GM's Reshuffle Revealed

Edward Niedermeyer
by Edward Niedermeyer
gm s reshuffle revealed

GM has announced its new North American organizational shuffle [full release available here], and have included the following slides to help explain some of the changes. The clear winner: President of NA operations, Mark Reuss, who had this to say:

It’s become extremely clear to me since taking this role that there is a better way to structure this organization. The premise of the structure is simple — a clearer marketing focus to sell more vehicles, and freeing our sales and service experts to focus on customers and dealers. In order to be successful in North America, we need the right mix of product, people and structure. We’ve worked with a small group of executives to align this model and appoint the best candidates for each job.

Notice how he doesn’t call the new structure a simplification. As the following slides show, there’s nothing simple about the structure changes. In fact, the only thing that’s certain about this latest GM reshuffle is that wrestling with GM’s bureaucracy still takes up as much time for top managers as actually working on products, planning, outreach and other core business activities.

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  • Lynn Ellsworth Lynn Ellsworth on Mar 02, 2010

    Sorry, I still don't unerstand the difference between marketing and sales. What does Chevrolet Marketing do that Chevrolet Sales doesn't do? Does Marketing do the world wide advertising, public relations, and tell the dealers how to design their stores? Does Sales just put pressure on the franchisee and sales people we have to deal with?

  • John Horner John Horner on Mar 02, 2010

    Buick and GMC remain mashed together because they are what is left of last year's Big Idea to combine Buick, Pontiac and GMC together into a Sales Channel. This kind of deck chair shuffling is a big part of what is wrong with so many modern corporations. The so called leaders spout off all kinds of buzz word filled hoo-ha while rarely actually getting busy and doing the work that matters. I doubt many of them can actually tell you what part of their job matters and what part is just a waste of time. I'll give the marketing execs their first hint: Product names really matter, and tapping into the residual goodwill from legendary names is an easy choice to make. Cadillac's present naming scheme is the sort of thing Power Point deck happy MBAs love, but it is a complete failure at arousing the desire of customers to buy the things. Imagine the person who has been buying a new Deville every five years forever. They come in for their latest one and discover that it has a silly three latter not-even-a-name now and is unloved by the very people selling them. Deville buyers don't want to be told that Cadillacs are now a great substitute for German cars!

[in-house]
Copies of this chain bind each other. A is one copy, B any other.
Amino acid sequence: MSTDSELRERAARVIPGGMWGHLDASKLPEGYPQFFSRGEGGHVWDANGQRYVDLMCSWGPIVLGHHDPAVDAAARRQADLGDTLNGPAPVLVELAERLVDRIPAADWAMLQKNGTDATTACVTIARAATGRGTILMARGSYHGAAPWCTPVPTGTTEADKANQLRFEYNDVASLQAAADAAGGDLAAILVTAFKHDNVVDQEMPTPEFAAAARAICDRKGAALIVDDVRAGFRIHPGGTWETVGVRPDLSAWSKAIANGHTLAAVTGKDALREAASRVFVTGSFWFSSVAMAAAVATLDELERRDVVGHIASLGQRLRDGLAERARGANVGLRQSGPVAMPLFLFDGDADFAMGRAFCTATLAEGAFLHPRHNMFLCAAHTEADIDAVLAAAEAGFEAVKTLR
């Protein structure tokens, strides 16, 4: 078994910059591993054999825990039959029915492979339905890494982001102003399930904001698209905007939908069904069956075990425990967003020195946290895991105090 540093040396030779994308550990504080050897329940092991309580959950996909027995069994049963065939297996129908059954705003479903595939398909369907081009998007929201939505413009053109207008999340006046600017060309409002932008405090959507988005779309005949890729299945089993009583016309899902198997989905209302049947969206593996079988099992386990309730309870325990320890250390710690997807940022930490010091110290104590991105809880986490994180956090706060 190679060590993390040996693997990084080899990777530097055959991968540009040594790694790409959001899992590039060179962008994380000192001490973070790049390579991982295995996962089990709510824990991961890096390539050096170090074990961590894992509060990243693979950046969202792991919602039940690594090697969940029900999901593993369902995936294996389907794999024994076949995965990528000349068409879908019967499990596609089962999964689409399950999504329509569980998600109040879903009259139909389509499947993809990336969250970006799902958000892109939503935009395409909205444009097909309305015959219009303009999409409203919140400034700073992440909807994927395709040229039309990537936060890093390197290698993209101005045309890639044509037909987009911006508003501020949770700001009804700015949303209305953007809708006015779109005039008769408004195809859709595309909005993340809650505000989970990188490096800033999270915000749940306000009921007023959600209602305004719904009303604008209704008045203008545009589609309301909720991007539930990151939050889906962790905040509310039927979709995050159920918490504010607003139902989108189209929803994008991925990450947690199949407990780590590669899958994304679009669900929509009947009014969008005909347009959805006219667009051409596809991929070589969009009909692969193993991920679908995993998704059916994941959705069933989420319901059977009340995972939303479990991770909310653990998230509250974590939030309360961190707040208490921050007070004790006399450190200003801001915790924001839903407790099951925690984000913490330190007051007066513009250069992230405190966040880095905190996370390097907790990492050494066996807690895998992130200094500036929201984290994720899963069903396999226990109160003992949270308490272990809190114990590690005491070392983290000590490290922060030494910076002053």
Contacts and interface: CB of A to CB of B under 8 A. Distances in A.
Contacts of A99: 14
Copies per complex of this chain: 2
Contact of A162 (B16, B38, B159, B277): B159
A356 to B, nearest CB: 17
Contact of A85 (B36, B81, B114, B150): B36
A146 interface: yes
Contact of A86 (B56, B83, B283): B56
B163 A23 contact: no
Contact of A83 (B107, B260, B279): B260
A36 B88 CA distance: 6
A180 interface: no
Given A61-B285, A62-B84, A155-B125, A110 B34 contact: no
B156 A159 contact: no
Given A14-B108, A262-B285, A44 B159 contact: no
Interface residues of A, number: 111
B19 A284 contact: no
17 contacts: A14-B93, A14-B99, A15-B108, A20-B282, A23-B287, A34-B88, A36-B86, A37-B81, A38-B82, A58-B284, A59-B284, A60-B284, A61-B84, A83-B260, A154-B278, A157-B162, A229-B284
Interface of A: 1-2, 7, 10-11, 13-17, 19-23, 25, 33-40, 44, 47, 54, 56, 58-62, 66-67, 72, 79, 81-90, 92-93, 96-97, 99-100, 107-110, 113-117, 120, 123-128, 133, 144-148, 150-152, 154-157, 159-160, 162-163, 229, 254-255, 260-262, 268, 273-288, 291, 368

• RHD "Nevertheless, it was dead simple to connect, belts out 1000A..."Actually, a battery, or a booster pack, provides the current that is drawn. It doesn't force its maximum capacity into the starter motor. A 650 Cold Cranking Amp battery won't start a Ford Escort any better than a 325 CCA battery."Belting out 1000A" would fry the components in the circuit in short order.
  • SPPPP The little boosters work way better than you would expect. I am a little nervous about carrying one more lithium battery around in the car (because of fire risk). But I have used the booster more than once on trips, and it has done the job. Also, it seems to hold charge for a very long time - months at least - when you don't use it. (I guess I could start packing it for trips, but leaving it out of the car on normal days, to minimize the fire risk.)
  • Bader Hi I want the driver side lights including the bazl and signal
  • Theflyersfan One positive: doesn't appear to have a sunroof. So you won't need to keep paper towels in the car.But there's a serious question to ask this seller - he has less than 40,000 miles on some major engine work, and the transmission and clutch work and mods are less than 2 months old...why are you selling? That's some serious money in upgrades and repairs, knowing that the odds of getting it back at the time of sale is going to be close to nil. This applies to most cars and it needs to be broadcasted - these kinds of upgrades and mods are really just for the current owner. At the time of sale, a lot of buyers will hit pause or just won't pay for the work you've done. Something just doesn't sit well with me and this car. It could be a snowbelt beast and help save the manuals and all that, but a six year old VW with over 100,000 miles normally equals gremlins and electrical issues too numerous to list. Plus rust in New England. I like it, but I'd have to look for a crack pipe somewhere if the seller thinks he's selling at that price.
  • 2ACL I can't help feeling that baby is a gross misnomer for a vehicle which the owner's use necessitated a (manual!) transmission rebuild at 80,000 miles. An expensive lesson in diminishing returns I wouldn't recommend to anyone I know.